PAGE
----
Government Has No Plan to Handle Increase in Post-disaster, Gender-based Violence

Since Hurricane Fiona struck September 18, the government of Puerto Rico has held more than a dozen press conferences, but in none has it provided information that helps victims and survivors of gender-based violence get specialized aid they need during the emergency, when they are most vulnerable. 


The Children Whose Mothers Were Taken Away by Machismo

“Where’s mom?,” asks Sgt. Roberto Mercado at the doorway of the light green house, located in the La Fuente neighborhood, in the town of Florida.

Behind the window, a 2-year-old boy responds by looking down at the floor next to him.

“For me, it was a sign that his mom was dead,” says the Puerto Rico Police negotiator about the femicide that he had to handle on the afternoon of June 30, 2018.

Journalists sue the Department of Public Security for information about police officers involved in gender violence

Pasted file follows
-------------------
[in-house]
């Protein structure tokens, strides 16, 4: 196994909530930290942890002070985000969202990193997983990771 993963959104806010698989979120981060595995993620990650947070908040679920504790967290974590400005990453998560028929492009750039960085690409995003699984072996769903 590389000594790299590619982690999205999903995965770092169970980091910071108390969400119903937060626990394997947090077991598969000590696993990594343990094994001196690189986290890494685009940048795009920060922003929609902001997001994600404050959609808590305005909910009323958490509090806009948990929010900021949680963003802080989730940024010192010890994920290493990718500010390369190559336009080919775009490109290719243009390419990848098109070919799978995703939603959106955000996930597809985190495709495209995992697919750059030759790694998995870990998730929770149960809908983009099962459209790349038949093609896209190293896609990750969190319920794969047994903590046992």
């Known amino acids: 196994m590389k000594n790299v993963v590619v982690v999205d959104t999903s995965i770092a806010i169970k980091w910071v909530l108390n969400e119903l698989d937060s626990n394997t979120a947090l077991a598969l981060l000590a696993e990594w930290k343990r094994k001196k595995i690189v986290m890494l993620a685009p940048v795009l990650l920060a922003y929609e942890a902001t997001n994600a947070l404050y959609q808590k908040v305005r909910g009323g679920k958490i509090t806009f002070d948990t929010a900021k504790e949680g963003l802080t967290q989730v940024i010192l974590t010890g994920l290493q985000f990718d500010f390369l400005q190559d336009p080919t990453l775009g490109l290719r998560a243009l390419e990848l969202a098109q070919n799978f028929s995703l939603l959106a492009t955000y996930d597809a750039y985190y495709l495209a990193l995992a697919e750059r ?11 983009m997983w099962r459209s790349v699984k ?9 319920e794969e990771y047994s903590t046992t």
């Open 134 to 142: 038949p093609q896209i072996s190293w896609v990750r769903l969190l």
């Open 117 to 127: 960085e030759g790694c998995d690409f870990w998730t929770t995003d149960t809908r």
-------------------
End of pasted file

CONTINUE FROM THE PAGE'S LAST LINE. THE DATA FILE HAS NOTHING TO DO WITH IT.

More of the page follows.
The number of police officers who have been arrested for domestic violence and sexual assault, or how many officers have been convicted for gender violence are undisclosed statistics, although they were requested in early April from the Police by journalists Cristina del Mar Quiles and Syra Ortiz-Blanes of the Center for Investigative Journalism (CPI, in Spanish) and of El Nuevo Herald and the Miami Herald, respectively. After many unsuccessful follow-up efforts, the petition is now before the San Juan Superior Court after a request for mandamus was filed on Tuesday to obtain this public information from the Department of Public Security and the Puerto Rico Police Bureau. “At a time when the island has been sunken under a deep wave of gender violence cases, in which even the work of our public institutions has been questioned, few issues are of greater public interest than what’s reflected in these requests for information that are the matter of this legal recourse,” the mandamus establishes. “There are actions by the Government of Puerto Rico against gender violence that have nothing to do with creating new laws or making new plans, but with the obligation of the Government itself to comply with current laws, and this is a great example. Collecting and publishing reliable data and having it available and up-to-date is something that’s already the duty of security agencies,” said Carla Minet, executive director of the CPI.